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Hoffmann, R. A wiki for the life sciences where authorship matters. Nature Genetics (2008)

Increased expression of osteonectin and osteopontin, two bone matrix proteins, in human breast cancer.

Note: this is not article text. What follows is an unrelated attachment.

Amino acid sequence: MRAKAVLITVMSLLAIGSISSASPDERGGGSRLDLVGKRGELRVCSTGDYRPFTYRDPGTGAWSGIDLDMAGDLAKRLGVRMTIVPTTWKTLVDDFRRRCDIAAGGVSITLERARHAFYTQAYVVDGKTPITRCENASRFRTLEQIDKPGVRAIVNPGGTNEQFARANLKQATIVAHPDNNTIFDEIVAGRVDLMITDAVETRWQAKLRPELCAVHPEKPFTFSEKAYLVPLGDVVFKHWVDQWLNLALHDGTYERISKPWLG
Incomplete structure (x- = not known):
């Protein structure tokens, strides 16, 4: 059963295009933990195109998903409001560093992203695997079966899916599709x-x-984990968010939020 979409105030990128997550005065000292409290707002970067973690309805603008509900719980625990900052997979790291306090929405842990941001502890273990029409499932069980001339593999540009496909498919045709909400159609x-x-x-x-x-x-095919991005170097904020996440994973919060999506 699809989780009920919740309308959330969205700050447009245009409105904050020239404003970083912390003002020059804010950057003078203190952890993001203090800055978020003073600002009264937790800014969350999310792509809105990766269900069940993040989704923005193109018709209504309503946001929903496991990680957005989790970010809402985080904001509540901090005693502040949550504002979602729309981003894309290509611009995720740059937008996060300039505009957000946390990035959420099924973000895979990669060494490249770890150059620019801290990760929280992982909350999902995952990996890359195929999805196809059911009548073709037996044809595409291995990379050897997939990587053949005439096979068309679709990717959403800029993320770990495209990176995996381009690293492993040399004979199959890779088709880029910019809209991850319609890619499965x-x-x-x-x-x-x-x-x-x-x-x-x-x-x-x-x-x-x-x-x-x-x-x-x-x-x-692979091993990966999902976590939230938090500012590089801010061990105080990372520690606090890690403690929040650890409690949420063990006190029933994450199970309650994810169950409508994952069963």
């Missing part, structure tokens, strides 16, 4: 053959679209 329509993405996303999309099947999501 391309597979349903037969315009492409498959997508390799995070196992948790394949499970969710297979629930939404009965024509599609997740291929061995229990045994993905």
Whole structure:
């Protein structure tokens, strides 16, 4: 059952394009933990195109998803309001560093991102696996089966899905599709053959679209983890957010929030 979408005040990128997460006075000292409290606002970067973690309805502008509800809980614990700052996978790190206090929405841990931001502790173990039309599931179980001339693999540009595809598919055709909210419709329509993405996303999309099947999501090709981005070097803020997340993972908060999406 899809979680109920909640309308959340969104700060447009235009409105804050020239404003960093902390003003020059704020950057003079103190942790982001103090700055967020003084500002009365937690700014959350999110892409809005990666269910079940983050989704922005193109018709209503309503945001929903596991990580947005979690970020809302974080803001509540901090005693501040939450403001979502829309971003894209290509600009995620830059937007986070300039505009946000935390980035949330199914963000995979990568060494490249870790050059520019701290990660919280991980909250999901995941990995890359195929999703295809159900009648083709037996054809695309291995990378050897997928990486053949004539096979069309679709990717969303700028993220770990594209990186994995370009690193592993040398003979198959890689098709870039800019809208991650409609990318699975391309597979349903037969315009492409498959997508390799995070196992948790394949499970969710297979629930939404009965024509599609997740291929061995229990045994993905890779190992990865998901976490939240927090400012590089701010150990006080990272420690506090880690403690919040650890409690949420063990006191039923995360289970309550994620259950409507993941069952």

Microcalcifications are a common phenomenon associated with breast cancer and are often the only mammographic sign of a malignant breast disease. Although microcalcifications are not restricted to breast cancer and can be also associated with benign lesions, it is noteworthy that they are composed exclusively of hydroxyapatite in breast carcinoma. Hydroxyapatite is the bone-associated phosphocalcic crystal the deposition of which in bone tissue requires the coordinated expression of several molecules such as osteonectin (OSN) and osteopontin (OPN), synthesized by cells of the osteoblastic lineage. In this study, we evaluated the expression of these two bone matrix proteins, using an immunoperoxidase technique and specific antibodies, in 79 breast lesions including 28 benign and 51 cancerous specimens. We found that normal mammary tissue associated with the lesions examined expressed generally undetectable or lightly detectable (0 or 1+) amounts of OSN and OPN (92 and 81%, respectively). Benign breast lesions, including fibroadenoma and fibrocystic dysplasia, were generally weakly stained (0 or 1+) with both anti-OSN and anti-OPN antibodies (96.4 and 60.7%, respectively). Interestingly, the majority of both in situ and invasive breast carcinoma lesions showed a strong expression (2+ or 3+) for OSN or OPN (74.5 and 84.3%, respectively). High expression of these two bone matrix proteins was associated with frequent microcalcification deposition in the lesion. This study is the first extensive study of OSN and OPN expression in mammary cancers. Our data suggest that OSN and OPN could play a role in the formation of ectopic microcalcifications often associated with breast cancer. It is also tempting to speculate that the expression of these two glycoproteins by breast cancer cells play a role in the preferred bone homing of breast metastases.[1]


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